“I made that part up. Let me tell you my story, it may cheer you up.”
I signaled to Duke to bring me a bag of Planter’s honey-roasted peanuts, the fattening, high-salt snack that’s guaranteed to lift the spirits of any self-pitying former Boy Scout. “I was like a fish out of water that summer,” I began. “My Scout troop wasn’t going to camp until my family would be on vacation, so I had to go with another one.”
“Stranger in a Strange Land?” he asked, evoking Robert Heinlein’s cheesy sci-fi classic.
“You grok me, dude. Anyway, I was doing okay in Pioneering, excellent in rowing . . .”
“The only perfect score on the written exam in the history of Camp Pa-He-Tsi.”
“All I had to do was get the boat out in the lake and bring it back to the dock and I’d have that one too.”
“So you were sitting on pocket aces.”
“Sort of.” I gulped, then began again. “And then there was canoeing.”
“What was the problem?”
“Nothing–and everything. I was always paired up with uncoordinated kids. I wasn’t strong enough to lift the end of the boat out of the water to drain it when we did the ‘capsize’ drill. And . . .”
I hesitated, the way one does when a recollection comes flooding back from a deep grotto of repressed psychic pain.
“The instructor didn’t like me.”
My new “friend” was strangely unsympathetic. “You got to learn to deal with it.”
“There was no dealing with it. The kid was a jerk. Even his name was nasty–Barry Cross.”
“Which you no doubt transformed into ‘Very Cross’–right?”
“So what happened?”
“Like I said, I pretty much had two badges sewn up, so I said–screw it. The dingleberry hates my guts. There was a final exam on the last day of camp before your parents picked you up, and I just–blew it off.”
A woman sitting at a table perked her ears up and a strange expression crept across her mouth–half-smile, half-sneer; a snile, or maybe a smeer. I must have appealed–if only for a teensy-tiny second–to the bad girl deep within her libido, trying to wriggle out of the tight strictures of civilization that bound her, like the Playtex Living Girdles my dad used to sell in his store.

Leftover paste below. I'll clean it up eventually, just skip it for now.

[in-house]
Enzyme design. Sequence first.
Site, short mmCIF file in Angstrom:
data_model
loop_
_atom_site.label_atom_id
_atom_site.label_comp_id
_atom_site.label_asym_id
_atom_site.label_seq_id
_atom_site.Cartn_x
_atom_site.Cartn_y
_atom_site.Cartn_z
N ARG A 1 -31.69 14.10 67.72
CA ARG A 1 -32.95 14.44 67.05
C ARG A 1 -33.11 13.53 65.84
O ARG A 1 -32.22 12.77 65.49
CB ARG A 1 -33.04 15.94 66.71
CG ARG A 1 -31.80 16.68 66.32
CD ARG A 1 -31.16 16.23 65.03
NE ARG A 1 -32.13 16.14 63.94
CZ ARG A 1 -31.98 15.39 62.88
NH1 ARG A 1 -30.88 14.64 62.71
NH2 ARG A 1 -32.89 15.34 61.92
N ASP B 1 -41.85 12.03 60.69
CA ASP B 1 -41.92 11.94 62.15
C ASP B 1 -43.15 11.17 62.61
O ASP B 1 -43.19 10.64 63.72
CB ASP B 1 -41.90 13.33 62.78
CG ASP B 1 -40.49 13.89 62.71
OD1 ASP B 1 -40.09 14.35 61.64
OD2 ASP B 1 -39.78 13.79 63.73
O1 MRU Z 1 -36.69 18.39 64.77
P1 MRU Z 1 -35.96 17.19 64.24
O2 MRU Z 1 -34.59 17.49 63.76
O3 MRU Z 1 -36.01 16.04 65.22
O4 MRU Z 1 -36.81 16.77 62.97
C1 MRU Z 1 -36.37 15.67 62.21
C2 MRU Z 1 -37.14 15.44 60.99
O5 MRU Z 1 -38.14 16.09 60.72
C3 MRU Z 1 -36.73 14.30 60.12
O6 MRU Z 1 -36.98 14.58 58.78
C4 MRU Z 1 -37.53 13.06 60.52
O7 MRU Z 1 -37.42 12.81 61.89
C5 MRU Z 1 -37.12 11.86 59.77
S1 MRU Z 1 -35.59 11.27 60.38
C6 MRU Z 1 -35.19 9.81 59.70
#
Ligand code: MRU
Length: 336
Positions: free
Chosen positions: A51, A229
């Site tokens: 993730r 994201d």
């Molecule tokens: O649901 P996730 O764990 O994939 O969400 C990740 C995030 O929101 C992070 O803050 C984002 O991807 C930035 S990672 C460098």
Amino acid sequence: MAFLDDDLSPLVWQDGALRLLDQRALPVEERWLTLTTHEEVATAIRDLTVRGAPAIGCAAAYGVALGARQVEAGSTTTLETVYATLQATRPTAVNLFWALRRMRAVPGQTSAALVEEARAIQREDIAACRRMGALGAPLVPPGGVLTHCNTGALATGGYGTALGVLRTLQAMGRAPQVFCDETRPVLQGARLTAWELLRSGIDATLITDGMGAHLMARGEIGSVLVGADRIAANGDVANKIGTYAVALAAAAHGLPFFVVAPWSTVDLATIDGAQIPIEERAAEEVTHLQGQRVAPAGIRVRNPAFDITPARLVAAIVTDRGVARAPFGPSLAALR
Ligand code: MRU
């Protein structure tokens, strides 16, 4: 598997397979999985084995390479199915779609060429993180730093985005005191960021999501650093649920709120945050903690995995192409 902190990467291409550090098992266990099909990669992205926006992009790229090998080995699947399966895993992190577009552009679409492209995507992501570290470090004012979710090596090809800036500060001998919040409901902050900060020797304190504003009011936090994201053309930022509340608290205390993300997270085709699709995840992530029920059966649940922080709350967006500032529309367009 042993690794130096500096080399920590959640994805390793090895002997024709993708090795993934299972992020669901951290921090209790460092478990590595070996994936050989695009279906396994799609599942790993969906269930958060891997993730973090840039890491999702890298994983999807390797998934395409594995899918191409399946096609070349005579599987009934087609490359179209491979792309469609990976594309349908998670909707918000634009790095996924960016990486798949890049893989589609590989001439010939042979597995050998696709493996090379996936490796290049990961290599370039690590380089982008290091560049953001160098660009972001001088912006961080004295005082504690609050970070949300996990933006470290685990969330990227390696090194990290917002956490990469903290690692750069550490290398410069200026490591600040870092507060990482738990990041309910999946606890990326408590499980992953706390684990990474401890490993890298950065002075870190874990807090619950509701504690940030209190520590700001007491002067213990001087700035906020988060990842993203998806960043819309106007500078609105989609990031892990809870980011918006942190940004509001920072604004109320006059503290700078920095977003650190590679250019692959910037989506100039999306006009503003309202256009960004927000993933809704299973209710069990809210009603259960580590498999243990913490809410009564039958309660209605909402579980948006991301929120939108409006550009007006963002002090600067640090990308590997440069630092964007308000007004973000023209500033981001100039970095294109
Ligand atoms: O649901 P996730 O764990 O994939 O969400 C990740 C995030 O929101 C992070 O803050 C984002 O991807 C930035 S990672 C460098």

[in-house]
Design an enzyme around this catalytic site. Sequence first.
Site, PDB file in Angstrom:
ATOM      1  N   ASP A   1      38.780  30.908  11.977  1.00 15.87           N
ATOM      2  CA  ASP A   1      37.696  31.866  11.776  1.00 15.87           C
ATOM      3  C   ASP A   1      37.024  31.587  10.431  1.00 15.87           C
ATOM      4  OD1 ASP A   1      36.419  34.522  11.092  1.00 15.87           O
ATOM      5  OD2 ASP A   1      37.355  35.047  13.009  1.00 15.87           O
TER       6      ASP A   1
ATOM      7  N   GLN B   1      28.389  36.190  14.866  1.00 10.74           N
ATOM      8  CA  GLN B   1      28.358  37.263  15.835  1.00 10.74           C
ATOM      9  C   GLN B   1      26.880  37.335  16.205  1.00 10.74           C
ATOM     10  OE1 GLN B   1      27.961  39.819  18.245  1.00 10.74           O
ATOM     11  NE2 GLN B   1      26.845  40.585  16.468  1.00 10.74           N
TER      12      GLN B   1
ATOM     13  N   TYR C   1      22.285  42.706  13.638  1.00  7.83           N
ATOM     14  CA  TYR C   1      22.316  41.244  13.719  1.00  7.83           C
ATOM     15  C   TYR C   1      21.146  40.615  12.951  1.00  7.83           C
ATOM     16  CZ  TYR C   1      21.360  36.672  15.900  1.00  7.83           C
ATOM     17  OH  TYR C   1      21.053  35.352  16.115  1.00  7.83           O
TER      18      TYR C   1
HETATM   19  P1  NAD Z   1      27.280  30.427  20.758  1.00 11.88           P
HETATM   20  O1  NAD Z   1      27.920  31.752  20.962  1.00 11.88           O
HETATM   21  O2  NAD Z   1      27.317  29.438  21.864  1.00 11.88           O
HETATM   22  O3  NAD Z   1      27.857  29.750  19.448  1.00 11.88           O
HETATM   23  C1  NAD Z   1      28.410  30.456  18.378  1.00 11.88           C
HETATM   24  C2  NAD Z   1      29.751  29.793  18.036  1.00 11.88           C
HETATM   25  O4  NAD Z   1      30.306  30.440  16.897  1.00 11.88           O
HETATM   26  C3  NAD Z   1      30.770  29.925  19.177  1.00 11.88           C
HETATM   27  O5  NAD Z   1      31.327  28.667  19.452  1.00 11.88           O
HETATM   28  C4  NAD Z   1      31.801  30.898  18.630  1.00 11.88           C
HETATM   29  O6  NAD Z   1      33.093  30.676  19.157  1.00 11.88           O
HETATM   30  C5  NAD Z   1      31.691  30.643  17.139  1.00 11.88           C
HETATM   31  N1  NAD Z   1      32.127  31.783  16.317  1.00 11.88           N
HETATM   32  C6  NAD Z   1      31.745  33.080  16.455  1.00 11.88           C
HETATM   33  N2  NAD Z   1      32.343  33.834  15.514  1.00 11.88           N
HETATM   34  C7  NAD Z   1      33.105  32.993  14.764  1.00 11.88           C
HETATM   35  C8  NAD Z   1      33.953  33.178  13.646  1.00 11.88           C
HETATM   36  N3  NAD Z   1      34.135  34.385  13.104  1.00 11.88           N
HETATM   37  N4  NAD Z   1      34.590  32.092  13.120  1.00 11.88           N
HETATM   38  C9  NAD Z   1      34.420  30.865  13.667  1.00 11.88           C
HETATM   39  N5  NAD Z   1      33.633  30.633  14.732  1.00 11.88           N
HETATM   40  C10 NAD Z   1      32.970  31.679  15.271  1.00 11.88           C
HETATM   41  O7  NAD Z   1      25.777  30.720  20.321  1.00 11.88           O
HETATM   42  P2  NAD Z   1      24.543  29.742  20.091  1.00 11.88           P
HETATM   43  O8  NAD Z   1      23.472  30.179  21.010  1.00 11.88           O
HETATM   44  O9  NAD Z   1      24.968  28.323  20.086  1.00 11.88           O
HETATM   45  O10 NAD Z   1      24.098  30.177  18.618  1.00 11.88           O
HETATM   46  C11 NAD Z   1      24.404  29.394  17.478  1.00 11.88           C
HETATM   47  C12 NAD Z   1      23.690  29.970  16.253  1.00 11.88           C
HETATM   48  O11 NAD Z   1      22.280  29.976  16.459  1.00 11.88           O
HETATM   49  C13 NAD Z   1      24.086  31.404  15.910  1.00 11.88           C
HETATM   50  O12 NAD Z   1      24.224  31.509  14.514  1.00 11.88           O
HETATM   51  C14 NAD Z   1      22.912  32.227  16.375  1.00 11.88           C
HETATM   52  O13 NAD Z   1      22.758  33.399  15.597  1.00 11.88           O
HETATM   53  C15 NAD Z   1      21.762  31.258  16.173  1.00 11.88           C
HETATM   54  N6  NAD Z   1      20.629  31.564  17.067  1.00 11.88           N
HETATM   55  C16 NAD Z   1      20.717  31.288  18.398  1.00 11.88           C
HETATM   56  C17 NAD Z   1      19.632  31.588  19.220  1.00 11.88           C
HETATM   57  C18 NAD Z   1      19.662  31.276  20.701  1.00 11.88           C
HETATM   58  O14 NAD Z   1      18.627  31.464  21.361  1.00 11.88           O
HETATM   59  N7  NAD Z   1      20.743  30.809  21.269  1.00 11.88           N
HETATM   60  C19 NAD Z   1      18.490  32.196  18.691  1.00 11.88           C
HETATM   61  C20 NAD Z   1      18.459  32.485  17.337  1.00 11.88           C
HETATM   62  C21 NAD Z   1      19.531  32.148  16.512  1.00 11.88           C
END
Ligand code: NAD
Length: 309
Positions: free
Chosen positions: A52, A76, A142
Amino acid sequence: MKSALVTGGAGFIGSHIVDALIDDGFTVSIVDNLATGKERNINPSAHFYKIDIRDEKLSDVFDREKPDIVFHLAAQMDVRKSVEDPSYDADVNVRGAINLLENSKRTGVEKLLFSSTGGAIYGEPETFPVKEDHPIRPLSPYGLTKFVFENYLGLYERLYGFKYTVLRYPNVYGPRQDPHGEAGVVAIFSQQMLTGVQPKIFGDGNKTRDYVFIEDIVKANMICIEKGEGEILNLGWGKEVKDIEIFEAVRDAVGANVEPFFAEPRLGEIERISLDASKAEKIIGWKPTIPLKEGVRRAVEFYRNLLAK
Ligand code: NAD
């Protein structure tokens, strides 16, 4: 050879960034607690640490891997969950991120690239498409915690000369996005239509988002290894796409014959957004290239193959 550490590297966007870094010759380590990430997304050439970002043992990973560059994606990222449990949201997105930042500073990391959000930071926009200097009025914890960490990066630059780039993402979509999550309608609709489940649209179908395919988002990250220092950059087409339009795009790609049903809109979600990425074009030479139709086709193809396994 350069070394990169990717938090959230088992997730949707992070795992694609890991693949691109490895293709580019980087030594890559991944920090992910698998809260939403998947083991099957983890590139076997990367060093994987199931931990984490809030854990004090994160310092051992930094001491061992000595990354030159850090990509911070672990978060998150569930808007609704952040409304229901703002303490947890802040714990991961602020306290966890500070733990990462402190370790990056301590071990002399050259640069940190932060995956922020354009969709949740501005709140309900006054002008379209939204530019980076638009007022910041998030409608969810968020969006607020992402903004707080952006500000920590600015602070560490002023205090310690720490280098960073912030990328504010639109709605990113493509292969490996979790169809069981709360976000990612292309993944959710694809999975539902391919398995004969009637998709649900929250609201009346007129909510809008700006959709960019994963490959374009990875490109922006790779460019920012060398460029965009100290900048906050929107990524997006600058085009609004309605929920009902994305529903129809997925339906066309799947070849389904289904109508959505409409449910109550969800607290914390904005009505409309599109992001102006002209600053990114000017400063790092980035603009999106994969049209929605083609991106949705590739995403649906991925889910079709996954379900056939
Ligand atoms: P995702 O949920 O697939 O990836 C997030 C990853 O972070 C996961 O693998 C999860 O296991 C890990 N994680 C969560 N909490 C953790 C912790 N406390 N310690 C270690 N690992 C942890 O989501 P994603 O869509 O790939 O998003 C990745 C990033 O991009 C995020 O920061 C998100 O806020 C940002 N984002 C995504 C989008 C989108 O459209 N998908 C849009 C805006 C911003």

“You . . . just . . . didn’t go?”
“Nope,” I said, as I took a long, cool sip of beer. “I had come to the realization–long before most males do–that life is too damn short to put up with . . .”
“I was going to say ‘doody-heads,’ but yes–‘dinks’ will do nicely.”
My drinking partner seemed taken aback. He probably expected me to steal his identity next, the depths of my perfidy were revealed to be so deep.
“So you just packed your things and never saw the guy again?”
“Not exactly. When I went down to get my rowing badge he sauntered up from the canoe dock, carrying an armful of life jackets, going about his business as if he didn’t care that I’d dumped him before he could fail me.”
“Did he say anything?”
This was the worst part, but when you launch the ship of your story on the waters of conviviality, you’ve got to finish your journey.
“Yep. He said ‘Hey squirt, how come you didn’t take the exam?’”
“What’d you say?”
“I tried to stay cool. I shrugged my shoulders and said ‘I already had enough badges, so I decided to skip it.’”
“And what’d he say?”
“He stared me down, like he had three of a kind to my aces. He said ‘Too bad–if you’d showed up, I would’ve given you the badge.’”
There was silence in the bar. On the off chance that any of the beer-besotted customers had ever read Joseph Conrad’s “Lord Jim,” I thought to myself that they would have found in that work a model for the deep sense of regret, of a lost chance, that will haunt me until the end of my days.
“Change it to the Sox game,” someone yelled out, dispelling my reverie.
“That’s quite a story,” the woman said as she got up from her table and started to go, burning off the fog of regret that had rolled in on the tales of the two lost souls she’d been eavesdropping on. “But I heard a shorter version.”
“By whom?” I asked.
“Woody Allen. He said 80% of life is just showing up.”